Review: Kanu Behl’s Titli

sen city

There’s a world of difference between red and maroon.

You might not expect him to know that distinction, but Vikram does. A security guard at a mall who moonlights as a carjacker, Vikram is furious at that very fact: that you think he doesn’t know better. In one of the finest performances I’ve seen this year, Ranvir Shorey is spectacular as the elder brother in Kanu Behl’s Titli, the story of a dysfunctional family of bottom-dwellers. It is a performance of rage and nuance, of unexpected tenderness and misplaced nobility, and bloodthirsty cynicism. Shorey nails it, and it’s hard to take your eyes off Vikram.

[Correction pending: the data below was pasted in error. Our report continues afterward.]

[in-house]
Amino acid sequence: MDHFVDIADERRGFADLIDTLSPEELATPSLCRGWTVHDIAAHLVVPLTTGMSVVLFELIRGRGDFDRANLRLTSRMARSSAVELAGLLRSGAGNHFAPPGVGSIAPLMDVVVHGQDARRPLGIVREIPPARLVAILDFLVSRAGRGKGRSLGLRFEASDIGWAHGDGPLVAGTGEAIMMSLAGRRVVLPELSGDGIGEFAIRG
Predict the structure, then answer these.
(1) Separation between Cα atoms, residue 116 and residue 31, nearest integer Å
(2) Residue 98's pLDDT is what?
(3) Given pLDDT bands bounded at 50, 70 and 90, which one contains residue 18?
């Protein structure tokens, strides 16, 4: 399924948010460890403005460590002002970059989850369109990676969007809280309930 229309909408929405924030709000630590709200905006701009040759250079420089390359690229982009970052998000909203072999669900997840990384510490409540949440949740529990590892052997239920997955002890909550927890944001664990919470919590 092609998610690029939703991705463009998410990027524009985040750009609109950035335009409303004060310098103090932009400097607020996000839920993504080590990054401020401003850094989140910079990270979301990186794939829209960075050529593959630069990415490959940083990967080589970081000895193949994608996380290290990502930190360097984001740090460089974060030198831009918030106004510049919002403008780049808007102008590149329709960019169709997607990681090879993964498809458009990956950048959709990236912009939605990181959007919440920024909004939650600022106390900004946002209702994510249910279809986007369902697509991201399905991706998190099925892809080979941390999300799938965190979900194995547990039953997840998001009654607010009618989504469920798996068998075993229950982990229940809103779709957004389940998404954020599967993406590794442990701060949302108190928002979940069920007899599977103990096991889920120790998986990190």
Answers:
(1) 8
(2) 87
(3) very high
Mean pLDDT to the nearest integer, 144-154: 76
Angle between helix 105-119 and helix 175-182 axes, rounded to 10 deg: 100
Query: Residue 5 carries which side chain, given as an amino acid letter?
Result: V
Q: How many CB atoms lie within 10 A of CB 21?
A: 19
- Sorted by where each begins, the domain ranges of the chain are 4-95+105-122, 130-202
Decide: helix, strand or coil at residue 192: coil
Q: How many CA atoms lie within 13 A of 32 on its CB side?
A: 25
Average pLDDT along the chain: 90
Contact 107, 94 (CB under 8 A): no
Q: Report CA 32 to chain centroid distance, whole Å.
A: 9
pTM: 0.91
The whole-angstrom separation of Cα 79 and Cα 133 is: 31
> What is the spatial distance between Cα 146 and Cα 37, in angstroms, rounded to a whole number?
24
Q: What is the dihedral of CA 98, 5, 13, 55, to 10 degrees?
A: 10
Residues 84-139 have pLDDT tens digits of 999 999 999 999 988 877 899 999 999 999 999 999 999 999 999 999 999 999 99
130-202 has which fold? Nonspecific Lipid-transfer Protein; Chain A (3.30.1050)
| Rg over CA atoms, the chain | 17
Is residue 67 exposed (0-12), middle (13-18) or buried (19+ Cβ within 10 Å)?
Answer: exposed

Behl’s film, however, is not about Vikram. It is about the youngest of three brothers, Titli, a kid scrounging up to buy a parking-space in a shopping mall, looking to some kind of future away from the hellhole where he lives. As setups go…

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